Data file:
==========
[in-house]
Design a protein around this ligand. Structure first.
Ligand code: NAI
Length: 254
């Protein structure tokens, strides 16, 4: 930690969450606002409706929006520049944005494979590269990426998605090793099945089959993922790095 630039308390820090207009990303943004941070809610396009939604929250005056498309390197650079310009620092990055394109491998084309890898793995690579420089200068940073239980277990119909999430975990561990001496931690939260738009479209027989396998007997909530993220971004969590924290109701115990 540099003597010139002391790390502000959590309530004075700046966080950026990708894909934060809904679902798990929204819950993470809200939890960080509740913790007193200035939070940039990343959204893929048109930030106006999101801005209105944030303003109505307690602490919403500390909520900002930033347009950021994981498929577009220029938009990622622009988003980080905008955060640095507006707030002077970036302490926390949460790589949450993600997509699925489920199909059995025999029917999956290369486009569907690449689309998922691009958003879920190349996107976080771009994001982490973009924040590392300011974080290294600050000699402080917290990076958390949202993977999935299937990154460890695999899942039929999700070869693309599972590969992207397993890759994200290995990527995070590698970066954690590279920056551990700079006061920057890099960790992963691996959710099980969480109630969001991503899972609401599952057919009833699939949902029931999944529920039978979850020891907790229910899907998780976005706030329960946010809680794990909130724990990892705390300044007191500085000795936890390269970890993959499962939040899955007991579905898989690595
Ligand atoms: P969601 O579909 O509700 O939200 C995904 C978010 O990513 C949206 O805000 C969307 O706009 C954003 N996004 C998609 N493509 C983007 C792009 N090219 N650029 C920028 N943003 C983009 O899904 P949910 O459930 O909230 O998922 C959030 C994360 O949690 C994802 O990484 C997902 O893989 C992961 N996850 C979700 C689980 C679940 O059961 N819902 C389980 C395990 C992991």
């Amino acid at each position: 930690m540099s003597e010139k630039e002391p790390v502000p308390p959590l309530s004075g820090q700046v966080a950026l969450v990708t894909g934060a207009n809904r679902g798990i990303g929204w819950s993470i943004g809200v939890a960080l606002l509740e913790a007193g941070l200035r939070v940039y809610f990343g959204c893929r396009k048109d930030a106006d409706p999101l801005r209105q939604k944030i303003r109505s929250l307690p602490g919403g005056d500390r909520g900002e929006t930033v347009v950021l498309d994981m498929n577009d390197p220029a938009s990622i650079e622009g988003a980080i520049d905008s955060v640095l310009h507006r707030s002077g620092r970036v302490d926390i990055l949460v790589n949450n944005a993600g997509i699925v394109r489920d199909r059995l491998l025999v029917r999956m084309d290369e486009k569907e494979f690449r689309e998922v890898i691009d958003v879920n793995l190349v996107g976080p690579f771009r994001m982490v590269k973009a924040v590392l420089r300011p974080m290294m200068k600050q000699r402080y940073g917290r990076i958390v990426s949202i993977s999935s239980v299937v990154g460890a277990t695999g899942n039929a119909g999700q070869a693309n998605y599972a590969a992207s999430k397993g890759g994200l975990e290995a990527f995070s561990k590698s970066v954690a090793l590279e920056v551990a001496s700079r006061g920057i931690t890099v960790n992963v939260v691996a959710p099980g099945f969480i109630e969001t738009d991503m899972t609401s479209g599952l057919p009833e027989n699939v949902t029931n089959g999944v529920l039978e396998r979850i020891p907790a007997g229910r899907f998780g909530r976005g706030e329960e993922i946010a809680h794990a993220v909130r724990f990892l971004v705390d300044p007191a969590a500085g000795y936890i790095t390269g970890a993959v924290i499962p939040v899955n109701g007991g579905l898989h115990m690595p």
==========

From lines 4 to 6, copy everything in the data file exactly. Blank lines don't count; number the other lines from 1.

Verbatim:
Length: 254
């Protein structure tokens, strides 16, 4: 930690969450606002409706929006520049944005494979590269990426998605090793099945089959993922790095 630039308390820090207009990303943004941070809610396009939604929250005056498309390197650079310009620092990055394109491998084309890898793995690579420089200068940073239980277990119909999430975990561990001496931690939260738009479209027989396998007997909530993220971004969590924290109701115990 540099003597010139002391790390502000959590309530004075700046966080950026990708894909934060809904679902798990929204819950993470809200939890960080509740913790007193200035939070940039990343959204893929048109930030106006999101801005209105944030303003109505307690602490919403500390909520900002930033347009950021994981498929577009220029938009990622622009988003980080905008955060640095507006707030002077970036302490926390949460790589949450993600997509699925489920199909059995025999029917999956290369486009569907690449689309998922691009958003879920190349996107976080771009994001982490973009924040590392300011974080290294600050000699402080917290990076958390949202993977999935299937990154460890695999899942039929999700070869693309599972590969992207397993890759994200290995990527995070590698970066954690590279920056551990700079006061920057890099960790992963691996959710099980969480109630969001991503899972609401599952057919009833699939949902029931999944529920039978979850020891907790229910899907998780976005706030329960946010809680794990909130724990990892705390300044007191500085000795936890390269970890993959499962939040899955007991579905898989690595
Ligand atoms: P969601 O579909 O509700 O939200 C995904 C978010 O990513 C949206 O805000 C969307 O706009 C954003 N996004 C998609 N493509 C983007 C792009 N090219 N650029 C920028 N943003 C983009 O899904 P949910 O459930 O909230 O998922 C959030 C994360 O949690 C994802 O990484 C997902 O893989 C992961 N996850 C979700 C689980 C679940 O059961 N819902 C389980 C395990 C992991």